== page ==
You can picture Baker hunched over his computer keyboard, giggling away as he shapes each fabulously anarchic event. "I wrote it for children. I get on quite well with children and I thought I'd write about a wicked child. You couldn't possibly write about a good child; nobody would read it. There's a great deal of horror in this story." He pronounces "horror" in a kind of audible italics, lingering on the word like Peter Cushing describing what's afoot in the graveyard. But where does the fictional nastiness come from? Baker must have some pretty devilish thoughts inside that cherubic head. "I'm very grateful for my entire past," he smiles. "I'm grateful to the Germans for having bombed Liverpool and relieved the tedium of my childhood. I'm grateful for the bigoted upbringing that passed for being a passionate Chris-tian, like the hatred of the Jews or the hatred of Protestants. All that bigotry and awfulness of reading the Old Testament. All that was in my past, so when it comes to telling a tall tale, those dark shadows come forward, the days of war and religion."

Baker has led a rather near-the-knuckle life, full of vertiginous ups and terrible downs. One could summarise his key-life events as follows: Liverpool childhood (poverty), monastery (depression), Army (bullying), drama school (joy), marriage (happiness), fatherhood (ecstasy), in-laws (misery), attempted murder, attempted suicide, divorce, manual labouring (dire poverty), Dr Who stardom, wealth, women, remarriage, divorce, remarriage. "When I was a child, I longed to die: I was baptised, we were poor, the house was dirty, my feet were smelly and I was no good at school. What was the point in hanging around waiting for things to get better? ... My own home always made me feel ashamed. My poor mother was mostly too tired to clean our house after spending most of her day cleaning other people's houses. And then in the evening after a day's scrubbing, she would do a shift pulling pints at the Sefton Arms."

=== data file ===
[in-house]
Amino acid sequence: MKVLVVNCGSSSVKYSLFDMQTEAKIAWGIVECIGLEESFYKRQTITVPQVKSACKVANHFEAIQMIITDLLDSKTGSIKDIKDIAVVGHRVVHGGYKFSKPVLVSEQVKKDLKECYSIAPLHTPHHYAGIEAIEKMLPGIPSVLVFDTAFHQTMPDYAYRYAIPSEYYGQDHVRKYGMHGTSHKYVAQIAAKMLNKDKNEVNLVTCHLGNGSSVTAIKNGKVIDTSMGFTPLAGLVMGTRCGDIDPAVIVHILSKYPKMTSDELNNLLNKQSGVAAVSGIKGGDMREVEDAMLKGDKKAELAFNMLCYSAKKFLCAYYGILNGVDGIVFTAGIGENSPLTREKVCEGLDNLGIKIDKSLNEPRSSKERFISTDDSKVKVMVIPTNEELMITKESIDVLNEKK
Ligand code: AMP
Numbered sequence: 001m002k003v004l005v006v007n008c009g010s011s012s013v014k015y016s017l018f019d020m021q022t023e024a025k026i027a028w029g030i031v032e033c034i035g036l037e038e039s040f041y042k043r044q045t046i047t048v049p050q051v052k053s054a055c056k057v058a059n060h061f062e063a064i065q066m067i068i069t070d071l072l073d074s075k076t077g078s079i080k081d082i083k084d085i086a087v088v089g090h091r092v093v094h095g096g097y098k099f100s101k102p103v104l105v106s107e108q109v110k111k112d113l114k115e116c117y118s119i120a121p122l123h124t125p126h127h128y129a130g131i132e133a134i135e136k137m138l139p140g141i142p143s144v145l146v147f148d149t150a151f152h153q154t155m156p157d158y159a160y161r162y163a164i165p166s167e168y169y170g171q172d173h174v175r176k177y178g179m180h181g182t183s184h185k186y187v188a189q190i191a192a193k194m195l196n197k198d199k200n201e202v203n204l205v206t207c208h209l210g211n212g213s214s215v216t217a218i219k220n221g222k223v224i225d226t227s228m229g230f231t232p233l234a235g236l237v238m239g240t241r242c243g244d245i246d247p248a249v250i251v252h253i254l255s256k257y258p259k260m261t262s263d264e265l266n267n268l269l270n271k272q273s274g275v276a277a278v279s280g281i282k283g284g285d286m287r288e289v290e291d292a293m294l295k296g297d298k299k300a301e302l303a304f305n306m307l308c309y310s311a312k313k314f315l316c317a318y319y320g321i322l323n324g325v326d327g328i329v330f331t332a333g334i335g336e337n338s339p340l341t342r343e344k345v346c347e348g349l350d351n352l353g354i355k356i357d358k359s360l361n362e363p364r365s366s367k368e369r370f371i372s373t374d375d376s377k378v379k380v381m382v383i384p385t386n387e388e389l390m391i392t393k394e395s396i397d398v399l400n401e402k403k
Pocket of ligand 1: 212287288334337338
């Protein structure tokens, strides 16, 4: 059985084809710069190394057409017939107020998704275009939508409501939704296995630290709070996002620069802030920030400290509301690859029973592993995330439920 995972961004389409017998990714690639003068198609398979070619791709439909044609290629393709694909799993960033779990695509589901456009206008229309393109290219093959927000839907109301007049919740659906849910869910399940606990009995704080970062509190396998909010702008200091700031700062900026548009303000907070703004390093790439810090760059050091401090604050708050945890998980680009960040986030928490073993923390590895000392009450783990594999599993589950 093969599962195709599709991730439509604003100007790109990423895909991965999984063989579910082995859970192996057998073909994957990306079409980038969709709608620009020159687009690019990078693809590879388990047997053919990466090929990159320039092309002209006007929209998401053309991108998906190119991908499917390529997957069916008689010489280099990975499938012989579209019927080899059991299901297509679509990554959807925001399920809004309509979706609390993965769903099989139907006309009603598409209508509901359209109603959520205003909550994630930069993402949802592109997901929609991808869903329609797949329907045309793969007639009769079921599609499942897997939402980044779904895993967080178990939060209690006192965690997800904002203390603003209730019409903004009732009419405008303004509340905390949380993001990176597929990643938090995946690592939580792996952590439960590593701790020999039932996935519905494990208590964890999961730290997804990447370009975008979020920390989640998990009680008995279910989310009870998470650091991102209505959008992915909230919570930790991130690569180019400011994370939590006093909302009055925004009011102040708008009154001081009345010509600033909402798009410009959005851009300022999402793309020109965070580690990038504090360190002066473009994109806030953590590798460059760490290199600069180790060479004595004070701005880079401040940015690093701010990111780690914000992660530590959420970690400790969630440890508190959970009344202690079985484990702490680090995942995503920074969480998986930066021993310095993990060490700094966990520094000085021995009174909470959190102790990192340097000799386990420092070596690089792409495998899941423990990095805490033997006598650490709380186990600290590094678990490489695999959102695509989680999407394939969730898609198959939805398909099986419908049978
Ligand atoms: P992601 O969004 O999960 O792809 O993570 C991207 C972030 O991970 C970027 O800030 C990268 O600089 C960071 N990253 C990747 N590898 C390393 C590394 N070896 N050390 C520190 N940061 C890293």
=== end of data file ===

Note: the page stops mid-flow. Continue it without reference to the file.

With his father, a sailor, largely absent and the house full of refugees from the bombs, Baker effectively ran away at the age of 15 and entered a monastery in Jersey. For nearly six years he rose daily at 4.30am and bowed his head in prayer, vowing to be chaste, humble and obedient, while the Devil ricocheted about in his head and did his damnedest to provoke him.

Eventually he extricated himself from God's clutches, joined the Royal Army Medical Corps where he spent a couple of years administering bedpans, and then did a spell at the Rose Bruford College of Speech and Drama in Kent. There he met Anna Wheatcroft, who became his first wife in 1960. "She was a pretty girl from a family with a few bob and my poverty made me despair because the Wheatcrofts found it made them uneasy. They found me disgusting. They would really have preferred if I hadn't come into their lives at all. And I was so unhappy and resentful."